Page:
St. Brigid's Cross Special Offer For Wild Geese Members

We're celebrating St. Brigid's Day with a special offer for Wild Geese members on bronze St Brigid's Crosses made in Ireland, in time for world-wide shipping before 1st February 2017.

Order deadline for shipping in time for St. Brigid's Day (1st February)

World-wide = 18th January 2017
U.K. = Thursday 26th January 2017
Ireland = Monday 30th January 2017

We have two types of bronze St. Brigid's Crosses on our website and these are on 10% sale until 18th January 2017. We are offering a further 15% off to Wild Geese Members, at checkout use code TIG2017BC (This code valid until 1st February 2017 while stocks last.)

St Brigid's Cross Bronze Framed Art by Rynhart, County Cork

RRP €43.50
Current Sale €39.15 (until 18th January)

At checkout use code
TIG2017BC to receive an extra
15% discount
You pay €33.28


Bronze St. Brigid's Cross

by Irish Celtic Art Studio, County Monaghan

RRP €32.50
Current Sale €29.25 (until 18th January)

At checkout use code
TIG2017BC to receive an extra
15% discount
You pay €24.86


'Prayer to St. Brigid' Greeting Card
RRP €2.99
Current sale €2.70 (until 18th January)

At checkout use code
TIG2017BC to receive an extra
15% discount
You pay €2.29


The St. Brigid's Cross has a strong tradition in Irish culture and folklore and traditionally is a new home gift, hung in homes to protect from fire and evil.

This Irish Cross represents Ireland's 2nd patron saint, St. Brigid, famed for her love and generosity to the poor, her feast day is 1st February.

Brigid was requested to sit with a pagan chieftain in Kildare, who was delirious and raging on his death-bed. The Chieftain was so delirious it was impossible for Brigid to talk to him, so she just sat with and comforted him. Brigid began to weave rushes from the floor into the shape of a cross. The Chieftain quietened as he began to notice Brigid and he asked what she was doing. With the help of the cross Brigid explained the story of Christ and the cross. The Chieftain was impressed with what Brigid had to say and he converted and was baptised just before he died. From then on this cross become known as the St. Brigid’s Cross and St. Brigid used it to explain Christ to other pagans.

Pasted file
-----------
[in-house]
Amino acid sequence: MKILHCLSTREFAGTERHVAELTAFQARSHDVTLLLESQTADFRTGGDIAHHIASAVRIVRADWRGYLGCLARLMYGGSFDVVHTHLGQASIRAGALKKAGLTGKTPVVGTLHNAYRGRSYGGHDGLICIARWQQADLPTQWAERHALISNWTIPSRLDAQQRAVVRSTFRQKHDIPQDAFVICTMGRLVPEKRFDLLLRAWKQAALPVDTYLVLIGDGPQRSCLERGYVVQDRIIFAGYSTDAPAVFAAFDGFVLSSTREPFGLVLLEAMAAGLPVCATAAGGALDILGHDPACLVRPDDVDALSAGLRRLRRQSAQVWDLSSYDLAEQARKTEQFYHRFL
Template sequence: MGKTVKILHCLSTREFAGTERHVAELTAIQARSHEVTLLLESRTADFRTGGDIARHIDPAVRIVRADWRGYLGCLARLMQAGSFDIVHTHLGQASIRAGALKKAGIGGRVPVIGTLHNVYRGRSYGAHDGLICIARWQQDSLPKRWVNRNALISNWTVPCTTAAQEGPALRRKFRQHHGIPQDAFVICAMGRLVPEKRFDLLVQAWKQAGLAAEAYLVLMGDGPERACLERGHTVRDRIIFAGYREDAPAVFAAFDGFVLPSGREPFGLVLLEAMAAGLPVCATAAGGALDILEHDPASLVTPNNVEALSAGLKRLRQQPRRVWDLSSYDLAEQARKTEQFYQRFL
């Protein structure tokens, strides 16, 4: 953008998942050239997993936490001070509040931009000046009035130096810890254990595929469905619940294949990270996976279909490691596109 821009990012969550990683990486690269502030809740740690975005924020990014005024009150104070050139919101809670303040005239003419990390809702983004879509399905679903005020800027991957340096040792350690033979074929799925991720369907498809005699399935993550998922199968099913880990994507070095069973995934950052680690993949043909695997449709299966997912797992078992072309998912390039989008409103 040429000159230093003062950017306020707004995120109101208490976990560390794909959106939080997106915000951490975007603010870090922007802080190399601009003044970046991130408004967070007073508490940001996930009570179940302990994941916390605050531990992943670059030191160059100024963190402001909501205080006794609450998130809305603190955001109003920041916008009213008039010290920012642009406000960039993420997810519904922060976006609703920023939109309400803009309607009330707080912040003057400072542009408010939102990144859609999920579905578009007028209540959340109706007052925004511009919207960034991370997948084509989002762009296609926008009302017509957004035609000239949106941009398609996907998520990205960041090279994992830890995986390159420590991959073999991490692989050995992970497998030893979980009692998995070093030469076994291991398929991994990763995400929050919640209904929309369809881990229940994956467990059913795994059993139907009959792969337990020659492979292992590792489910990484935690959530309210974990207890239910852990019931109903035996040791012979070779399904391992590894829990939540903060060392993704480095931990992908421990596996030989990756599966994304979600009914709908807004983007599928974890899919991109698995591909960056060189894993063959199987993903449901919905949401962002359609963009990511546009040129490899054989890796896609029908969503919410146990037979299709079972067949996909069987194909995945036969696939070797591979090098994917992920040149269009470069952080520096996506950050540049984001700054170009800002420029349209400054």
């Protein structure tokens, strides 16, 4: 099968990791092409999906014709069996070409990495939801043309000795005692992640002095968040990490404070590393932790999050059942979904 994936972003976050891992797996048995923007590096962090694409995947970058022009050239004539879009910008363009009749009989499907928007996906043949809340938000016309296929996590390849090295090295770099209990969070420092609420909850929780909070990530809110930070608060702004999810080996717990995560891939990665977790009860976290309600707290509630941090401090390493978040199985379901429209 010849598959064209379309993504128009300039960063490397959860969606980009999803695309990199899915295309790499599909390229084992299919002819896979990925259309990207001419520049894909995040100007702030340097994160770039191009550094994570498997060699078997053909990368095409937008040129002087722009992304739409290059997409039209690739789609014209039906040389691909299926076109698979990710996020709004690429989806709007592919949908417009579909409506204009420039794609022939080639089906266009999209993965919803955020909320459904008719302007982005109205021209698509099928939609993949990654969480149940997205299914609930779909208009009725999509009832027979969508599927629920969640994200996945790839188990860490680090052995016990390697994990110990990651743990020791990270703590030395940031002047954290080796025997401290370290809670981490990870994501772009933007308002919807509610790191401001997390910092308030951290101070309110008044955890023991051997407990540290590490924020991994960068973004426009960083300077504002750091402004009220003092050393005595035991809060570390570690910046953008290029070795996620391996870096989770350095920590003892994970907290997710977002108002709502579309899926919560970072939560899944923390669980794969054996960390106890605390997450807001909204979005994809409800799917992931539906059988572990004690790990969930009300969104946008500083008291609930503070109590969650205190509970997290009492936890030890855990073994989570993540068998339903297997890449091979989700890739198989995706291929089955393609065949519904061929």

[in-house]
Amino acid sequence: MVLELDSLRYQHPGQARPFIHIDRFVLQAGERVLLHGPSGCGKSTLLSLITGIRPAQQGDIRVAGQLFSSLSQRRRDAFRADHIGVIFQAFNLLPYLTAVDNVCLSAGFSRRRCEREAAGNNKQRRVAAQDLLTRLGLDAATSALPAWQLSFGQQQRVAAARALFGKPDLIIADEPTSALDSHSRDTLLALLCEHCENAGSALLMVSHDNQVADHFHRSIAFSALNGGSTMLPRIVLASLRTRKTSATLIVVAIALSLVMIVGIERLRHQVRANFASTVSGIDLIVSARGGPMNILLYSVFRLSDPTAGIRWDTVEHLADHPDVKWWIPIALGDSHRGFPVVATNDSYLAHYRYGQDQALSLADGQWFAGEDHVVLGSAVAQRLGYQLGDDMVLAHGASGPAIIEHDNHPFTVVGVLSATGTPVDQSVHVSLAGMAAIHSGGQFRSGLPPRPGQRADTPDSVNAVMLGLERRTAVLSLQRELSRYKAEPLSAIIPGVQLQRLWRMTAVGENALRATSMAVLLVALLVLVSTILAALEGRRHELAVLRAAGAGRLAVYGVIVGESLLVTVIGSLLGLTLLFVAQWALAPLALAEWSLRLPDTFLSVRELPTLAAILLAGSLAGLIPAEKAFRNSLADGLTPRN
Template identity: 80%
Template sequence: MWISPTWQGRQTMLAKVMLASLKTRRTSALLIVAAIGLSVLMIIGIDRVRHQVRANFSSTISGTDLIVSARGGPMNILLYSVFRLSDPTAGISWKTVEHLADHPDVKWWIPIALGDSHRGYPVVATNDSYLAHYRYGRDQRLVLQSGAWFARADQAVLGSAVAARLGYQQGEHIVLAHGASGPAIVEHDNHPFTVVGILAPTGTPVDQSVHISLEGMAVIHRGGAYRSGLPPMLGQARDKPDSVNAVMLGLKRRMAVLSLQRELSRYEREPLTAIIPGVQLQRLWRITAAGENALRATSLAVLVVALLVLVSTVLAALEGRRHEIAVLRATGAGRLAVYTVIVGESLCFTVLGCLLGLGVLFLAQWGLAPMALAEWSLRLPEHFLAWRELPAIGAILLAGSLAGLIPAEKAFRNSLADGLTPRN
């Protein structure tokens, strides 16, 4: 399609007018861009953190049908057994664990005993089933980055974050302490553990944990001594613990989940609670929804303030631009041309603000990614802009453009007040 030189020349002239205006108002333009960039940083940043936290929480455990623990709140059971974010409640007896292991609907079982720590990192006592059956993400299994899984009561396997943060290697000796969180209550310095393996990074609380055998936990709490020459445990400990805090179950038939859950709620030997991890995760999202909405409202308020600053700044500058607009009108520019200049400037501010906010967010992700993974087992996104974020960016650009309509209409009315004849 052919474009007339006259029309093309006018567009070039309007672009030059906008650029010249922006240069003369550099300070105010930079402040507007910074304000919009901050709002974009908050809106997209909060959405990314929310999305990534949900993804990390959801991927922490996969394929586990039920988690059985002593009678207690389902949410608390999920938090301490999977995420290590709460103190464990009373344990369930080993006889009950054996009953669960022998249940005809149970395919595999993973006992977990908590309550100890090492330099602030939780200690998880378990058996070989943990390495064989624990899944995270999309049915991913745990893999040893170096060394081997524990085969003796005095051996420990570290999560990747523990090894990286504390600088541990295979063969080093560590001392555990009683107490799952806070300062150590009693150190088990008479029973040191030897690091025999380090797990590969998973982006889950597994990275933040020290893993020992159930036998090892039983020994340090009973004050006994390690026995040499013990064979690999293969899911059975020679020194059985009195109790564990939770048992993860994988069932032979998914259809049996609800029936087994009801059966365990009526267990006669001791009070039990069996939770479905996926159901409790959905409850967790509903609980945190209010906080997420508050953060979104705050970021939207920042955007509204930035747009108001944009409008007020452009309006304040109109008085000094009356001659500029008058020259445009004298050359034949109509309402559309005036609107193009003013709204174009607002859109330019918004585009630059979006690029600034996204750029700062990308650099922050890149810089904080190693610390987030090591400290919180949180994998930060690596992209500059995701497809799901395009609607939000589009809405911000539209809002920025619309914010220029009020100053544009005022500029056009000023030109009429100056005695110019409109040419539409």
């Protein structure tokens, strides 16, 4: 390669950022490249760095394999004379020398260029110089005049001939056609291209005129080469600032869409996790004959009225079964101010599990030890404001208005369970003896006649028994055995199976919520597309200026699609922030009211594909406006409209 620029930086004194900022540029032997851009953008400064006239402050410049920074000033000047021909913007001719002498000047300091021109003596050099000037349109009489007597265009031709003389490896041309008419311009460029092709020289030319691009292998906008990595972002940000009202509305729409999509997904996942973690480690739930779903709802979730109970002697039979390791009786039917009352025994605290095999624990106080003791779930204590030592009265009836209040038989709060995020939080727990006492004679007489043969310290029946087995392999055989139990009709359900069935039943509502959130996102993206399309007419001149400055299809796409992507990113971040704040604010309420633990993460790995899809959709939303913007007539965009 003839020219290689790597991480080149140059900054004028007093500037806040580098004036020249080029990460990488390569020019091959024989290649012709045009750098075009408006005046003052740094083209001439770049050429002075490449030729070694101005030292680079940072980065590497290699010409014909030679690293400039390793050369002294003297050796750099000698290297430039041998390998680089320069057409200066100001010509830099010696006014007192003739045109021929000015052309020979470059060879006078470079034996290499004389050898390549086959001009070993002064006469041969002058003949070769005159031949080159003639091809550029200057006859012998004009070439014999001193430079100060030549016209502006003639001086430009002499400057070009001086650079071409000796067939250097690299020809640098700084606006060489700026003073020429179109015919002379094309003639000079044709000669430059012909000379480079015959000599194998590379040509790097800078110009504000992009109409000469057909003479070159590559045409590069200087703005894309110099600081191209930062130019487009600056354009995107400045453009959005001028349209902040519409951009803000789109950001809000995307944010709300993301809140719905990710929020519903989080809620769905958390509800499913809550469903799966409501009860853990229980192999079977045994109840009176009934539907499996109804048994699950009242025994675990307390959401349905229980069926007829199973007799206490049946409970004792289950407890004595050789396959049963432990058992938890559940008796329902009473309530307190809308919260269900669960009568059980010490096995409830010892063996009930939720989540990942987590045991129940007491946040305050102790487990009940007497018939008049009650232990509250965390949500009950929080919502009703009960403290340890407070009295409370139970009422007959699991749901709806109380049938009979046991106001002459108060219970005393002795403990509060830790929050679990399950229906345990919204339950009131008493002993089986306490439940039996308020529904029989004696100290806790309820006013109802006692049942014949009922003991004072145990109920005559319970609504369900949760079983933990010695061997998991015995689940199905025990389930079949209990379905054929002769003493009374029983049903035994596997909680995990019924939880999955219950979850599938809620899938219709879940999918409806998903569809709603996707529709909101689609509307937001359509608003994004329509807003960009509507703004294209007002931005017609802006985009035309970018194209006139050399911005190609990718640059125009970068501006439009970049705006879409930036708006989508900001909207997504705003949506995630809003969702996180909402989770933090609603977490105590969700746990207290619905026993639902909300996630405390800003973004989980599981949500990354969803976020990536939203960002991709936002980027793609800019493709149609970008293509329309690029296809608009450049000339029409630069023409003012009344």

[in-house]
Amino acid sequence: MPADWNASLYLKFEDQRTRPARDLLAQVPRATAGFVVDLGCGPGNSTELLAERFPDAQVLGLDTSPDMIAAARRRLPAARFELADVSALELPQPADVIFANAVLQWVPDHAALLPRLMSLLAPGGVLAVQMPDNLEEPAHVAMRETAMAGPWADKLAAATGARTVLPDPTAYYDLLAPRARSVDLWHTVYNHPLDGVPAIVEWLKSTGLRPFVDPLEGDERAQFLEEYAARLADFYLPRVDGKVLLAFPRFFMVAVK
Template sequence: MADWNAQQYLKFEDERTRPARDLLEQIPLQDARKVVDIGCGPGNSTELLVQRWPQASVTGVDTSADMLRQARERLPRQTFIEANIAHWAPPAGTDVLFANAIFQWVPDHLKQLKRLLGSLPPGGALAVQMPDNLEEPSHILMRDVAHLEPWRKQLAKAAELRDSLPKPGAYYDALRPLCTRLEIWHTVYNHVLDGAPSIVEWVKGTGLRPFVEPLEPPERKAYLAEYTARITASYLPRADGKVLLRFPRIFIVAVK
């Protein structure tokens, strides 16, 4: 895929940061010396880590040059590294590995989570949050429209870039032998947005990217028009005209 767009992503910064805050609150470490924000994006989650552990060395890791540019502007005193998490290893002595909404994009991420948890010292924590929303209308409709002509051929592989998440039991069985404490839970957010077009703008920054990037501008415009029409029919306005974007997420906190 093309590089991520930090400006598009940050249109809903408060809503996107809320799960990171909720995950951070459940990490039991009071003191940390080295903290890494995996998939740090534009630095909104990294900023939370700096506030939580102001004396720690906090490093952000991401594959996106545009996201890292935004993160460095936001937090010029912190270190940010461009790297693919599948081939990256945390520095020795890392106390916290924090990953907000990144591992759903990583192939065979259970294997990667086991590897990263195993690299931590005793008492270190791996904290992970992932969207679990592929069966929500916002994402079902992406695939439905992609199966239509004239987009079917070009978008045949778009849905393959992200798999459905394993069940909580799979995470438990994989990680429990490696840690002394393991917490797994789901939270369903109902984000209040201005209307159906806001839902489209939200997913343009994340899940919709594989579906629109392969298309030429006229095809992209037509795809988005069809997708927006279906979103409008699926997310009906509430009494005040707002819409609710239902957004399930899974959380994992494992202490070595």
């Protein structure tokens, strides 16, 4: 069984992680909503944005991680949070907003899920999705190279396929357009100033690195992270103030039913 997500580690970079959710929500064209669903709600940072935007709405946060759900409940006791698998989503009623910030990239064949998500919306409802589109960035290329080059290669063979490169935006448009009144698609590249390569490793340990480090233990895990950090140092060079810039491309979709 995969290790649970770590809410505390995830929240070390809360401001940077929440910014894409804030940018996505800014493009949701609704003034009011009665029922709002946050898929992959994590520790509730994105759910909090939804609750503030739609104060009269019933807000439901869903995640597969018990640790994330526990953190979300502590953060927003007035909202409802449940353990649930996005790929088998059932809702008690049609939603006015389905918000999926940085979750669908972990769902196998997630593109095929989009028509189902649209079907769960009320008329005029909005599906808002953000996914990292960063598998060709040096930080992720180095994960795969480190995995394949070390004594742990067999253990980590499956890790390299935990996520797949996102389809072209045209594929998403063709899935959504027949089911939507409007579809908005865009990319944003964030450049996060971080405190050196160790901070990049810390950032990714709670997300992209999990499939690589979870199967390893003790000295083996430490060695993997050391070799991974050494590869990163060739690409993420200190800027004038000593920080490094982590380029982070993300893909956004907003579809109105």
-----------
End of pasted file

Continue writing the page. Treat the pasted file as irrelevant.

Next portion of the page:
Others believe this style of cross was first used by Brid, the Celtic Goddess of Fire, long before Christianity and that the cross was inspired by the pagan symbol of the sun-wheel.

Either way, the belief still holds true to this day that the St. Brigid’s Cross protects a house from fire and evil. Traditionally, a new cross is made each year on St. Brigid’s feast day, and the old one burned to ward off fire, although many homes in olden days kept all their crosses preserved in the thatched roofs, as fire would have been a huge concern for houses that had thatch and wooden roofs. The Brigid’s Cross is usually made from rushes and reeds or straw and is a woven centre square with four spokes, which are tied at their ends. Hung near the front door, the St. Brigid’s Cross is traditionally an Irish gift for a new home.

Browse more Irish Gifts on SALE here

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Tags: Faith, Folklore, Gifts, Handcrafts, Sales


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